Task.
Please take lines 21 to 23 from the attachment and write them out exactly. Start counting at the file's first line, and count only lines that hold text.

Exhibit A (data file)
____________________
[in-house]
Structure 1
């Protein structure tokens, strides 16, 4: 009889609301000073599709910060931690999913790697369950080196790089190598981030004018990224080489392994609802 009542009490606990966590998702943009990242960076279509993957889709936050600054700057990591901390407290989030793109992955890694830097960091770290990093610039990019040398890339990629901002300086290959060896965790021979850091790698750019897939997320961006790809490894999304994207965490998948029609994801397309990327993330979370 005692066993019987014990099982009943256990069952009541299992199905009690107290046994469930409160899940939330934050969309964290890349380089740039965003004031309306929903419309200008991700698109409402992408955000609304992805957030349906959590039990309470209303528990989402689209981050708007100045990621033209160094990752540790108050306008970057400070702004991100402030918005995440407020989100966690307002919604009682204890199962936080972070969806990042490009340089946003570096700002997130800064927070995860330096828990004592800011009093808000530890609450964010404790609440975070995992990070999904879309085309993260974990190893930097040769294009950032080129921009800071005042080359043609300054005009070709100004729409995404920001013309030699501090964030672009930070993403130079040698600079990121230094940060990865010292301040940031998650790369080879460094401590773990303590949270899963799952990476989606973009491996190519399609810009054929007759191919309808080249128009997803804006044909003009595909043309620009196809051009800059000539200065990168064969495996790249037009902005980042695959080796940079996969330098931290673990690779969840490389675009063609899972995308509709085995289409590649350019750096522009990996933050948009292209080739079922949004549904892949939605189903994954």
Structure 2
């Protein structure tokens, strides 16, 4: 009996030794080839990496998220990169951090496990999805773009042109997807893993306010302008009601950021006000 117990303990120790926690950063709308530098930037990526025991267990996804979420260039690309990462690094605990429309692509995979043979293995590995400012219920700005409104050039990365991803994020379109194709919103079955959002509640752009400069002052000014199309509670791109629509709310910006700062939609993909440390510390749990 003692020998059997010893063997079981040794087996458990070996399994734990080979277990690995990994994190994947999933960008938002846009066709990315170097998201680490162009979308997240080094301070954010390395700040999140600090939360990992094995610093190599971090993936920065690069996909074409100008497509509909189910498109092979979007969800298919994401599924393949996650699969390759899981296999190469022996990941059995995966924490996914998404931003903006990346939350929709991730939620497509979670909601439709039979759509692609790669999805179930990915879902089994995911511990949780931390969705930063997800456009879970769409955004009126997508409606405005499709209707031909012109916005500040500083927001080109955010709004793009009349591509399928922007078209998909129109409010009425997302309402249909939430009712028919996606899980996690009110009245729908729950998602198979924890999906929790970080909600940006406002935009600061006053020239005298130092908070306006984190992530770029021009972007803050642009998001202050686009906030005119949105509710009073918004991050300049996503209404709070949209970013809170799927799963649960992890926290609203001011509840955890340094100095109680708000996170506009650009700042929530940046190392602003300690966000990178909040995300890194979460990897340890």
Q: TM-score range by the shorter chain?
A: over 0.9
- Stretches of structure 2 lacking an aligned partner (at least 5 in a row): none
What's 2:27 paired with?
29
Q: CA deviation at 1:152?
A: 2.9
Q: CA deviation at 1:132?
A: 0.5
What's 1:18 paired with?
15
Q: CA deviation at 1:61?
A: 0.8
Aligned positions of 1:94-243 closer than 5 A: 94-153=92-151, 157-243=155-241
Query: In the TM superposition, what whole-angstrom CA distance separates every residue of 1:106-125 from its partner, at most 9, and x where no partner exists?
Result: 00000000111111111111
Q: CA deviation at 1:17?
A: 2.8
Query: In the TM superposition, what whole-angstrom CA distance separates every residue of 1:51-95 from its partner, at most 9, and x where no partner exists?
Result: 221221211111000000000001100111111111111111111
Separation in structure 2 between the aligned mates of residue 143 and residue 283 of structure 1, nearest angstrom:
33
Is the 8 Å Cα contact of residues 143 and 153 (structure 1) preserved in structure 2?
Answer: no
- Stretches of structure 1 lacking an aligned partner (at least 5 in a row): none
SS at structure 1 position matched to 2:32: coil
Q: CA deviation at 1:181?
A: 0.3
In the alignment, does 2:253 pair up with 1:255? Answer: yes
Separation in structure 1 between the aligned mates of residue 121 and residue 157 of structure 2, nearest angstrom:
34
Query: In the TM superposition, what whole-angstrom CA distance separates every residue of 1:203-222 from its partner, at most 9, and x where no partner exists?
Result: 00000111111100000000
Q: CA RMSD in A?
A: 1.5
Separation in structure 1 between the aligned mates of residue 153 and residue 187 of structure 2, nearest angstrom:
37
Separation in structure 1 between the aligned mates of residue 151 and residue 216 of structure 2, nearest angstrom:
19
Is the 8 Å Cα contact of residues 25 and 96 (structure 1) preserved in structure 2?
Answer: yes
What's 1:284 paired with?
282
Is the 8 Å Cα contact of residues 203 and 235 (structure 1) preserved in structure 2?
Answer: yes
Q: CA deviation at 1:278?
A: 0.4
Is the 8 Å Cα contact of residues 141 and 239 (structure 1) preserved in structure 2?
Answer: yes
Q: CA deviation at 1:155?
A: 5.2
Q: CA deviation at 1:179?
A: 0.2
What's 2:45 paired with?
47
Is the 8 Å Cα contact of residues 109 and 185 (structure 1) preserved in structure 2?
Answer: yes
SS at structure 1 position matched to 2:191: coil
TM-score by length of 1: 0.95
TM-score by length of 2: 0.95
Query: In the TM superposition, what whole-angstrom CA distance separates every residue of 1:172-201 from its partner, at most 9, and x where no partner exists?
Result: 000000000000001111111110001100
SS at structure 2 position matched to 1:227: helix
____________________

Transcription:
Result: 00000000111111111111
Q: CA deviation at 1:17?
A: 2.8